I became interested in maritime archaeology as a career when I was in high school, and I first heard about it as a potential career choice. I was excited because I was really interested in a career that would take me underwater, and let me explore the ocean. However, my favorite subject in school was history. When you tell people that you want to have a career underwater, most people tell you to become a marine biologist. Maritime archaeology is perfect for people who want to get underwater, but love history and literature and want to understand the human part of the ocean's history.

6. Tell something about your recent discovery of the "Two Brothers".
The discovery of the "Two Brothers" shipwreck site was exciting. But one of the greatest things about this project is that it really shows the way that being a maritime archaeologist is a lot like being an underwater detective. It took us almost 3 years to identify the shipwreck site as the "Two Brothers". When we first found the site, we knew we found an important whaling shipwreck site from the 1800s, but we weren't positive which one. We had to collect more clues, do research in libraries and consult with experts to finally come up with our answers. The long process of identifying the shipwreck site was rewarding, and shows that there are a lot of little details involved in identifying a shipwreck site.

7. How can young people prepare now for a career in marine archaeology?
To prepare for a career in maritime history, read lots of books,especially about the history of the ocean, and literature about ocean voyages and sailing ships! Not everyone who is an underwater archaeologist has to dive, or even get wet, but everyone who is an underwater archaeologist has to have a love and understanding of the history of the sea, and the way that men and women have been sailing around the world for centuries.

8. Do you have a specific memory you might share with young people about your career choice?
The exciting thing about working in a remote place like the Northwestern Hawaiian Islands is the fact that you are able to work in a very "wild" place. The Northwestern Hawaiian Islands haven't been impacted by human activity in the same way that the main Hawaiian Islands have. Last year, I was diving on a sunken aircraft site at Midway Atoll with 5 other scientists. On our way to the surface (we were ascending very slowly) we came face to face with a very large female tiger shark. Though I tried to remain calm, my heart was beating a mile a minute and I was imagining the worst. But the shark just checked us out and swam away with an entourage of fish around her. It was a magnificent sight, and once my heart calmed down, I realized I had come face to face with something really incredible. It also made me realize that sharks often get a bad reputation, but they are often just curious about who is swimming in their "pool." I still think back on that moment and kick myself because I was so awestruck I didn't take a photo even though I had one in my hand!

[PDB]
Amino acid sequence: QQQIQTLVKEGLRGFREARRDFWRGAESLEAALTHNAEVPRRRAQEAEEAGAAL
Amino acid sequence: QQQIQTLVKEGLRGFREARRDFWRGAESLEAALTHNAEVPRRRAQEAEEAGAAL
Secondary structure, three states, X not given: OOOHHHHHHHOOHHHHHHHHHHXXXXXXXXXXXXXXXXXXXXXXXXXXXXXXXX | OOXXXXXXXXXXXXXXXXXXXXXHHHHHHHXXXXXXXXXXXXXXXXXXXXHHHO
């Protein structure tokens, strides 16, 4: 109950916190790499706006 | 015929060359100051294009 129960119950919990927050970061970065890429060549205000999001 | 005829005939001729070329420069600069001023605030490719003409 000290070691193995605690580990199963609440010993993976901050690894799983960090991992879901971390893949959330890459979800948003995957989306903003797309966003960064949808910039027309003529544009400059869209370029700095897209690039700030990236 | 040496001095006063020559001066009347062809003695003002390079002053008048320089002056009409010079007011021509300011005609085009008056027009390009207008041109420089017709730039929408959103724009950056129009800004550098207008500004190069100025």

9. What are some of the marine life you have seen while on a "dig"?
The Northwestern Hawaiian Islands are a fantastic place for conducting work in a truly breathtaking environment. Hawaiian monk seals are extremely rare to see in the main Hawaiian Islands, and they are a frequent visitor while conducting work in this area of Hawaii. Most of the shipwreck sites are havens for fish who use the structure as shelter and habitat. I am always completely enchanted when I see a manta ray, they are just these enormous, peaceful and streamline creatures. There are also dozens of seabirds who visit us while we work, often peeking down at us while we work beneath the water, or landing nearby when we surface. For a bird enthusiast, the Northwestern Hawaiian Islands are a remarkable place.

10. Anything else you'd like to share with young people about your career choice?
Finding shipwrecks is a combination of doing good research, having good instincts and working with great people. There is of course, a little bit of luck in there, too. Conditions have to be favorable, since shipwrecks happen in places where the waves can pound on the reef, and bad weather can make it impossible to work. You can look for shipwrecks a number of different ways: diver surveys, remote sensing (towing equipment behind a boat that will notice metal and structure on the sea floor), and in the case of the "Two Brothers", we were "tow-boarding". Tow-boarding is a lot of fun, and it involves towing snorkelers behind a small boat moving at a slow speed. The snorkelers scan the sea floor and watch for anything that looks like a shipwreck site. This allows us to cover a large area where we think a shipwreck may be lost.